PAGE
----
4. Rapid growth of coaching ministries for pastors and church staff. The current trend is anecdotal, but it will soon be verified and obvious. Pastors and staff who have the humility to be led, and the willingness to invest resources in coaching are becoming the most effective church leaders.
  5. Increase in the numbers of churches in gentrified communities.Thousands of older urban communities are becoming revitalized. Churches are following the increased numbers of residents to these communities.
  6. Increased emphasis on practical ministry training. Church leaders in America have seen a much needed two-decade renewal of training in classical disciplines and doctrine. That need remains, but more leaders are crying for training in leadership, relational skills, and other practical ministries.
  7. Increasing emphasis on groups in churches. Church leaders are getting it. When church members are a part of some type of group, such as a small group or Sunday school class, they attend more faithfully, evangelize more frequently, and give more abundantly.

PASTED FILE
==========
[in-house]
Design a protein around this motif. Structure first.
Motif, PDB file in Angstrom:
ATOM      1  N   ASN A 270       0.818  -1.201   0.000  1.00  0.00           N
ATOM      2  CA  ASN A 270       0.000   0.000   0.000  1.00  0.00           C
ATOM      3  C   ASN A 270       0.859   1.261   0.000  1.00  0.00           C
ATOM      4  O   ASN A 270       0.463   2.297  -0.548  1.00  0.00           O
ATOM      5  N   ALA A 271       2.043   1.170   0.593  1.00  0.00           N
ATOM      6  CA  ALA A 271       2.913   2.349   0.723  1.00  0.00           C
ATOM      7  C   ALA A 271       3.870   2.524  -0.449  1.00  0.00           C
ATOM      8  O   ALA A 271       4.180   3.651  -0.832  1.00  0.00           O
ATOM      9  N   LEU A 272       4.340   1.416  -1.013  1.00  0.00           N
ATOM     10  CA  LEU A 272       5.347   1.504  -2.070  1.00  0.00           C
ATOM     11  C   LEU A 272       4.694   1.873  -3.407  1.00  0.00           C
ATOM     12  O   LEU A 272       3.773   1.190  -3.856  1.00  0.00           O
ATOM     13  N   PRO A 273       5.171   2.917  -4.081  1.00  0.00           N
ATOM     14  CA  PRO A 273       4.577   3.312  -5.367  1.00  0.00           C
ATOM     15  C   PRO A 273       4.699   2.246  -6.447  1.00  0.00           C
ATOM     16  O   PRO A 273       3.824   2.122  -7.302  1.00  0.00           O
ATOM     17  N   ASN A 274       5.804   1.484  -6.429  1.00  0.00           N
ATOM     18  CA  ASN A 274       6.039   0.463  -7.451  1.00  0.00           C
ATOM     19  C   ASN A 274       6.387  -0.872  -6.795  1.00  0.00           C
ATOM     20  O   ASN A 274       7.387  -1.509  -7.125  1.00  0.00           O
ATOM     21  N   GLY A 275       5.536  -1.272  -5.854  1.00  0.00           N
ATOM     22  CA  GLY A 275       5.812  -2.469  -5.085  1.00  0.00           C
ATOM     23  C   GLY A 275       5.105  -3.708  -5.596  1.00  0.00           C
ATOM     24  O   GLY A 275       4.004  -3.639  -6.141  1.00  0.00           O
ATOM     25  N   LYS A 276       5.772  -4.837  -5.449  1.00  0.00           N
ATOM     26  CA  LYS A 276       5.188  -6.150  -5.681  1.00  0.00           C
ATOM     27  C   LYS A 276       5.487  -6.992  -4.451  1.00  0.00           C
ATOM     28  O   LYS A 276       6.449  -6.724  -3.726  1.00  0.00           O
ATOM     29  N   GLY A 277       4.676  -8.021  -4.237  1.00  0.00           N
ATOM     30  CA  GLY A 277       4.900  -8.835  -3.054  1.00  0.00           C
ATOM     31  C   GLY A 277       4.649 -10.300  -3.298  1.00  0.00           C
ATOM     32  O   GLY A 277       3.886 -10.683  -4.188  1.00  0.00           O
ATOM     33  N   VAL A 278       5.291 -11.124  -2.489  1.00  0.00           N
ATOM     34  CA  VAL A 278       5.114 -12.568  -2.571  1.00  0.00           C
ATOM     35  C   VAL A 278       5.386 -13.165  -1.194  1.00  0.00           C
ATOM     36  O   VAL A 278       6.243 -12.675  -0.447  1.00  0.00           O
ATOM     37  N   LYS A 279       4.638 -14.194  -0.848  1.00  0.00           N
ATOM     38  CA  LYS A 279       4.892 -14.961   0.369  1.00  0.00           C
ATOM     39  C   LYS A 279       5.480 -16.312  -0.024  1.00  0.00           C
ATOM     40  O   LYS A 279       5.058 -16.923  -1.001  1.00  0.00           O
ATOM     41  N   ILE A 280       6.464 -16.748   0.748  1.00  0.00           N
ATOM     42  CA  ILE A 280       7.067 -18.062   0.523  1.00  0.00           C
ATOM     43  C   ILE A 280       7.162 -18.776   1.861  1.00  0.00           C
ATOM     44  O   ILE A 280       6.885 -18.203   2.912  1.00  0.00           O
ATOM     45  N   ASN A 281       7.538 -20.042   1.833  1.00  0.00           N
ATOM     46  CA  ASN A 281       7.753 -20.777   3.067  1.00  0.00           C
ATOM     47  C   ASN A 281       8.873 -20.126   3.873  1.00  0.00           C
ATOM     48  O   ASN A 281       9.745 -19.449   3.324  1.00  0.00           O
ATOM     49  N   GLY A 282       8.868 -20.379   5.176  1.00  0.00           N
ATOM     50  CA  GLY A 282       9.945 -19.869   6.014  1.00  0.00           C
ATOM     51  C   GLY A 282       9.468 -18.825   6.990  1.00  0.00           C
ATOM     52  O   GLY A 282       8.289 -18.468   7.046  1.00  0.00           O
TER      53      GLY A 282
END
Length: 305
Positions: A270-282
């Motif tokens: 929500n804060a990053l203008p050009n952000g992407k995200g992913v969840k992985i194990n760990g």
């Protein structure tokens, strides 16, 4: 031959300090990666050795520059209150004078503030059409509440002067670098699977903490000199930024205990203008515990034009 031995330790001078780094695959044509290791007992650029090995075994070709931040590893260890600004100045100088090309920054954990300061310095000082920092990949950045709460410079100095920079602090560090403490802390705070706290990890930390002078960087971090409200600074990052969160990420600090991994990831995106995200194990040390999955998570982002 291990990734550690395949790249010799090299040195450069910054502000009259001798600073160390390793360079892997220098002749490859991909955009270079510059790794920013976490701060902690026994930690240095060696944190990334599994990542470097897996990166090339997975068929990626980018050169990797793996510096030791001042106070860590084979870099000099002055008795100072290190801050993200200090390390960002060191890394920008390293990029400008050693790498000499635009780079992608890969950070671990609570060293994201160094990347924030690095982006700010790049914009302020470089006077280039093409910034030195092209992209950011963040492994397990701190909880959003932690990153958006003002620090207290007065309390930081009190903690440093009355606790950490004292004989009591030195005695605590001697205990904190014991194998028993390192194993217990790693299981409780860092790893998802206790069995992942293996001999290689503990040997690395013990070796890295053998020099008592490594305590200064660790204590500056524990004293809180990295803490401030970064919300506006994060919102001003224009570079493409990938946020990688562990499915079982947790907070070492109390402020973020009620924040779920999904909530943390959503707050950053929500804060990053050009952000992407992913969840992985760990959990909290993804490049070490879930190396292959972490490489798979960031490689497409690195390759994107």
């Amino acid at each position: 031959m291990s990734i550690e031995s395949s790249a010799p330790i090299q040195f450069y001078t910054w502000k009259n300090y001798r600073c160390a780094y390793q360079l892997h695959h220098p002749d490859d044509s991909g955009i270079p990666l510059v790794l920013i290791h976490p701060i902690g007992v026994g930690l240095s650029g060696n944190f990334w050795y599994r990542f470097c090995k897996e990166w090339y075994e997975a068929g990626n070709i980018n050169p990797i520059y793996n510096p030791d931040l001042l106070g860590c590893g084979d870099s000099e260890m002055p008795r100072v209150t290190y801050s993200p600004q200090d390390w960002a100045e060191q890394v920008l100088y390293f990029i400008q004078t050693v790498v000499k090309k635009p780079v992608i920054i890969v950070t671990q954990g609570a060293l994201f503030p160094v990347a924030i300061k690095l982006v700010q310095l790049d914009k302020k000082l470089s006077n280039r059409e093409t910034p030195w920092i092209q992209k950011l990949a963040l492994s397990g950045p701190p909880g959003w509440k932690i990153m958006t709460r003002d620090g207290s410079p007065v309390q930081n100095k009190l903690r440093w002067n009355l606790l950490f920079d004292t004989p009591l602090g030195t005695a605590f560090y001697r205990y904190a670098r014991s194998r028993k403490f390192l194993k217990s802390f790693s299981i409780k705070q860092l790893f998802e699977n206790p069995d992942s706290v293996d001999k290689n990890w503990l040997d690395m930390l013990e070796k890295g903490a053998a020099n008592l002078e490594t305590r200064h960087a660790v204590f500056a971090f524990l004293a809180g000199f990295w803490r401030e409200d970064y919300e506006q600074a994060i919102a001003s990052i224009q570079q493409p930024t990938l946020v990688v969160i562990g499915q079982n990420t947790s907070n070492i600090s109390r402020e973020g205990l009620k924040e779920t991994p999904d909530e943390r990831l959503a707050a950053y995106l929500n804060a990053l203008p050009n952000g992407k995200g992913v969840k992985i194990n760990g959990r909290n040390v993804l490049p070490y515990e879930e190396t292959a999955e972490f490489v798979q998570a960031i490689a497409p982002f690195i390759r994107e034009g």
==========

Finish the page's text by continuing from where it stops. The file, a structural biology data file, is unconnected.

8. Fewer segregated churches. For most of American history, 11:00 am on Sunday was the most segregated hour of the week. That is changing. A church that is not racially and ethnically diverse will soon become the exception instead of the norm.

Monday, December 14, 2015

LifeWay OneSource Program saves churches money!

With a goal of improved stewardship LifeWay has developed relationships with companies that offer you potential savings on a number of products and services. And best of all, participation in the OneSource program is FREE to your church.
These endorsed provider relationships leverage the collective buying power of SBC entities and free up operational dollars to further fund ministry efforts. This combined purchasing power enables smaller churches to receive the same discounts as larger churches.

Friday, December 11, 2015

Train your The Gospel Project Kids leaders FREE!

The Gospel Project For Kids
Did you know you have access to session-by-session training for your curriculum?
With free videos from Ministry Grid, you can guide leaders into a better understanding of the lessons before they meet with kids. The better they train, the better they'll lead. Check out the training videos now!

Thursday, December 10, 2015

Eight Characteristics of Evangelistic Church Growth Leaders

This week I’ve been preparing some lectures for my upcoming seminars in the DMin in Church Revitalization and Great Commission Leadership at Southeastern Seminary. For years, I’ve kept a running list of characteristics of pastors who lead effective evangelistic churches (that is, churches that are reaching non-believers rather than simply reaching other church members). Below are several of those characteristics.